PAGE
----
April 1, 2011
History collided with the present on Monday, March 28, when I had the opportunity to give one feminist icon a copy of a book that was inspired by the musings of another. The book, of course, was Wheels of Change, which developed out of Susan B. Anthony’s declaration that bicycling did “more to emancipate women than anything else.” The contemporary icon was Gloria Steinem, the speaker who capped off an impressive celebration of Women’s History Month at Bergen Community College in Paramus, New Jersey. I was on a panel about women in sports at the college, which entitled me to an invitation to a reception for Steinem before her very well attended talk.
It’s safe to say that most people Steinem meets don’t ask her if she rides a bicycle, but how could I not? She said she did ride all the time when she was a student at Smith College, but now she lives in New York and the problem with riding there, besides the competition with cars, is that you have nowhere to leave your bike when you get to your destination.
Beyond that all-important question, I also mentioned that I had once attended another lecture she gave, way back in 1972. I was a freshman at Princeton on one of my first assignments for the school paper. Steinem said she actually remembered speaking there because the school had recently gone coeducational, which put it on her radar. But I remember her visit for another reason. The article I turned in was full of her brilliant words, but little else, and my editors pointed out that reporting meant more than just repeating. A certain amount of observation and conclusion also was necessary. It was a pivotal moment in my writing career, and while I still love to use quotes to tell stories, I make sure to use them judiciously and place them in context.
Since I wasn’t covering Steinem’s most recent talk as a reporter, I have only a few bon mots to share. She started out by acknowledging that this was her fourth college lecture in a week—Women’s History Month sure keeps feminists busy—and that she is happiest at community colleges because of their inclusive nature. She spoke of the success of social justice movements since the 1980s and the consequent backlash; the importance of vertical history—our connection to the native peoples who stood on the same land in the past as we do today; and her observation that women tend to get more radical and rebellious and activist as they get older, while men tend to get less so with age. She assured one questioner that ”it is very unlikely” that Sarah Palin will be elected president and pointed out that her approval rating is currently below that of BP. And she talked about the need to reassess history and create a universal community that is not divided by race or gender, which she called “made-up political fictions.” All of which reminded me that while women rode the bicycle to many freedoms in the 1890s, we’ve still got miles more to go before the journey is complete.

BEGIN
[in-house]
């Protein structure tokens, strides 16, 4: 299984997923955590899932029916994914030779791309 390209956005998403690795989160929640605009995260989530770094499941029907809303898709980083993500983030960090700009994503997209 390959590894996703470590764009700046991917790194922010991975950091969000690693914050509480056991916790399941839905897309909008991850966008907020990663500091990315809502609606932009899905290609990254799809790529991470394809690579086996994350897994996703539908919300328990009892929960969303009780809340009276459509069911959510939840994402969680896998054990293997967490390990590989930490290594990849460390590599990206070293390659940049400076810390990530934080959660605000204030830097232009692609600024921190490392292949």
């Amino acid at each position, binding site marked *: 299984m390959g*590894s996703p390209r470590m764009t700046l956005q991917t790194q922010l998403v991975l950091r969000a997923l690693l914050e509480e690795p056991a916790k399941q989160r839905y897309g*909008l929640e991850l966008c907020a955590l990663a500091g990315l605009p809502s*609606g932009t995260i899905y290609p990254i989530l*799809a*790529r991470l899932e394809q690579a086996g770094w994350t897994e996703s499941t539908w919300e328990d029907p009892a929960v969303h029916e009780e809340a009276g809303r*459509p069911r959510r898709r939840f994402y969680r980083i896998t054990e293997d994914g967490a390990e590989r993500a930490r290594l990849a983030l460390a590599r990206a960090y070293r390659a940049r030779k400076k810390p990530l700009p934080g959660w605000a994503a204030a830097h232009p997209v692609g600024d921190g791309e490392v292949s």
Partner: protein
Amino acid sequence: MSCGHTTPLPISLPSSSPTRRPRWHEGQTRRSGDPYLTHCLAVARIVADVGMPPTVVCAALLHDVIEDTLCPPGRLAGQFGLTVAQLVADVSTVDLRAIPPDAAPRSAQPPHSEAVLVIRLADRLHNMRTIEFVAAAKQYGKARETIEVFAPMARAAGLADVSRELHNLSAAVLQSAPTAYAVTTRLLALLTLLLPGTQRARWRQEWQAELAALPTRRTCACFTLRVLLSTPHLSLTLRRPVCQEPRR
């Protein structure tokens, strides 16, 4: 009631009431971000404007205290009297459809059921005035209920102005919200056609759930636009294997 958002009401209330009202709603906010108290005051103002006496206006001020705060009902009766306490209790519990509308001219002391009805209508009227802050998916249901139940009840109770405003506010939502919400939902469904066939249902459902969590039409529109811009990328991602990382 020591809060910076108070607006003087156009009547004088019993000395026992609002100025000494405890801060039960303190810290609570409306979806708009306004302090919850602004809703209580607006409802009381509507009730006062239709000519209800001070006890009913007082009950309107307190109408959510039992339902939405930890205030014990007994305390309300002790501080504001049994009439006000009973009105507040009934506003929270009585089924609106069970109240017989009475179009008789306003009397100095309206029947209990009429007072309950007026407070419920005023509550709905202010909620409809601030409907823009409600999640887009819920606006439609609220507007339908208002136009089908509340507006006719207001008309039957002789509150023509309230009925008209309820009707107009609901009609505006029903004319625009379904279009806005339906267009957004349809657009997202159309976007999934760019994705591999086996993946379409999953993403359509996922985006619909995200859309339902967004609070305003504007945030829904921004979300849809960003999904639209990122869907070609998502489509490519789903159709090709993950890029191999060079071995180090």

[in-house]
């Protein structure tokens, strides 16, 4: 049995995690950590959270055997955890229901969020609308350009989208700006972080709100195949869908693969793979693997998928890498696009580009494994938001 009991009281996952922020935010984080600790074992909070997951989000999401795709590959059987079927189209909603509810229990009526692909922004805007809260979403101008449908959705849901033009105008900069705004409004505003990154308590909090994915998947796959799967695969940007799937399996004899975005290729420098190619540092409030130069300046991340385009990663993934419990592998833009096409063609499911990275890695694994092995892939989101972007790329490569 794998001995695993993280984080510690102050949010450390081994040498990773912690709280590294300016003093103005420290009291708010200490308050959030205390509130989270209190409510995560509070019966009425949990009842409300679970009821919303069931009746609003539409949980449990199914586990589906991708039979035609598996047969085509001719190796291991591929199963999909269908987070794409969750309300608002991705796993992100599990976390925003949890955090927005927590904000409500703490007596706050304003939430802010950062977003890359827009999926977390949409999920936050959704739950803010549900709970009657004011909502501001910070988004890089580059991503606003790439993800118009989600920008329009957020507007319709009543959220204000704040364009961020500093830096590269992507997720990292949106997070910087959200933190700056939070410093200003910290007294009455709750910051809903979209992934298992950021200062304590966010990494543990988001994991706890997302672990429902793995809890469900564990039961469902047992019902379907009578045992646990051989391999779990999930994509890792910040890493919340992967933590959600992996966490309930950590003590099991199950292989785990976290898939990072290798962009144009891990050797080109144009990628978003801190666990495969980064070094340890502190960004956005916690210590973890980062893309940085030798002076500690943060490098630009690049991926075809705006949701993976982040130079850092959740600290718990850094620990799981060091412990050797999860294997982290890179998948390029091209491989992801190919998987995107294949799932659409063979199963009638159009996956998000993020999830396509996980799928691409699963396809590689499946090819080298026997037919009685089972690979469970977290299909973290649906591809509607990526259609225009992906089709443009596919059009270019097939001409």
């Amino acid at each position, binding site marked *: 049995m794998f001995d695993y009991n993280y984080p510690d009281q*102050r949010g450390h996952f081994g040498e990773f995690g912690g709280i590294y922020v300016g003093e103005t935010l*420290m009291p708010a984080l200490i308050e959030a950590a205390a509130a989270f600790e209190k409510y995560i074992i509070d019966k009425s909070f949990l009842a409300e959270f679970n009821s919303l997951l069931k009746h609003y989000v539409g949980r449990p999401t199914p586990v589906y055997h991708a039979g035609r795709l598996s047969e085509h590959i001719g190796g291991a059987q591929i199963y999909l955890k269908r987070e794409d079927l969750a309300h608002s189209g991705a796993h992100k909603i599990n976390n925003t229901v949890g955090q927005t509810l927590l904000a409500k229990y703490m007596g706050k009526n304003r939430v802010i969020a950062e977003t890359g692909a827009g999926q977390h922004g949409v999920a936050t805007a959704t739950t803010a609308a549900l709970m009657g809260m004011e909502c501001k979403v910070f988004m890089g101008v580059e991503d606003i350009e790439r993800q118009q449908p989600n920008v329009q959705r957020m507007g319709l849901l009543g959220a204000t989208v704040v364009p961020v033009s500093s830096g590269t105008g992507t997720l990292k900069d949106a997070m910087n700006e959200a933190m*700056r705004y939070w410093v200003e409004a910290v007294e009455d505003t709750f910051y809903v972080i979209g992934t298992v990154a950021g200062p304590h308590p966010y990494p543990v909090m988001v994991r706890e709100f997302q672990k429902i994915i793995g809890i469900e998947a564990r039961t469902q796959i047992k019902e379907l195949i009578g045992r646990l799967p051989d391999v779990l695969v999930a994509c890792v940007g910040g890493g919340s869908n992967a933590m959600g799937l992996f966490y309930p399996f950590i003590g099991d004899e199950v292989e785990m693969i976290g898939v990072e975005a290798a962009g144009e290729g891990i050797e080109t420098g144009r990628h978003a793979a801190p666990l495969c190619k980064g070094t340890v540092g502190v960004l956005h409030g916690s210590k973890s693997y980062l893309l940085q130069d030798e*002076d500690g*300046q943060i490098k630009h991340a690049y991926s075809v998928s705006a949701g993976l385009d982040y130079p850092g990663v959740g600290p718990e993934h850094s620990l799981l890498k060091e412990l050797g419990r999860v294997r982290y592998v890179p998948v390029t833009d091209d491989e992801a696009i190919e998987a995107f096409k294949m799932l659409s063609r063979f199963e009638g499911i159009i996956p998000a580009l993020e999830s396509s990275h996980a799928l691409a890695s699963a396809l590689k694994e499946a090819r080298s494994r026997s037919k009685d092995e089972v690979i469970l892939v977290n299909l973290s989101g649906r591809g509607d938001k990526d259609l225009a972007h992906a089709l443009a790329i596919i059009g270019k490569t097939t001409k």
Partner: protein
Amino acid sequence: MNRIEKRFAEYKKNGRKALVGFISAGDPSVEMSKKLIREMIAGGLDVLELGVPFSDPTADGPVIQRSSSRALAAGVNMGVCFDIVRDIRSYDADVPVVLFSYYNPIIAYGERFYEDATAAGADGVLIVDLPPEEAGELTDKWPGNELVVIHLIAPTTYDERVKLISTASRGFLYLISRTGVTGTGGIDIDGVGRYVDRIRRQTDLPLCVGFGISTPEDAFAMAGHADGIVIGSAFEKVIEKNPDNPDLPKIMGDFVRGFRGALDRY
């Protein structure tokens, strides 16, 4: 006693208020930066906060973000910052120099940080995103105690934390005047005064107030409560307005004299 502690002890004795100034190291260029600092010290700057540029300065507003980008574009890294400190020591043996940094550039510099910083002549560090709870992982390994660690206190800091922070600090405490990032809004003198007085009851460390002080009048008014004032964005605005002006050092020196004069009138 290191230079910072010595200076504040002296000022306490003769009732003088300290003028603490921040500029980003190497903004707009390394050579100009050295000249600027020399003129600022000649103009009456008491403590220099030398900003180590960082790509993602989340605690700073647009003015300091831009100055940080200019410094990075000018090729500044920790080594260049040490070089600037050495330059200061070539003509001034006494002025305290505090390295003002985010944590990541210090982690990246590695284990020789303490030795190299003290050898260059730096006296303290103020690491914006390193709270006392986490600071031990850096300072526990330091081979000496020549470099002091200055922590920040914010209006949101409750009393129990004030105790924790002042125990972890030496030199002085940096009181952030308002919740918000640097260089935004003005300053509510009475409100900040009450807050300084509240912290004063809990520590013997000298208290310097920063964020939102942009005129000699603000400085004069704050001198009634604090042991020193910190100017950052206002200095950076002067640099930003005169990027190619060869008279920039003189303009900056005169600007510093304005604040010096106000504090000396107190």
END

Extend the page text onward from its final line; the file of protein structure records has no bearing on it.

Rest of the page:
Photo Courtesy of Seth Litroff Photography
March 27, 2011
There are times when you know you’re witnessing history. That was the case in the summer of 1984, when Walter Mondale named Geraldine Ferraro as his running mate in the race for the presidency. It was the first time a woman ran on a major party presidential ticket, and it was enough to propel me out of my political lethargy to brave the crowd at a Democratic rally at a synagogue in Fort Lee, New Jersey. Ferraro was the featured speaker, and she inspired us with her wisdom and passion. This button is a concrete reminder of the experience, but the picture she painted of an America where everybody’s interests are important, no matter what their gender, economic status, or social standing, still stirs me with a hopeful vision of what this country can become.
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Misspelling of the Month
I don't often turn to Chinese restaurant menus for misspellings because they can be easy targets. But this one invented a new word that has a bit of charm. Quite accidentally, it's the second "steak"-related Misspelling of the Month in a row. So thanks to Empire Szechuan Village on Seventh Avenue, South, in New York City for this meaty mistake. (Of course, "waterchestnut" should be plural and two words as well.)
Click on the photo to see a larger image.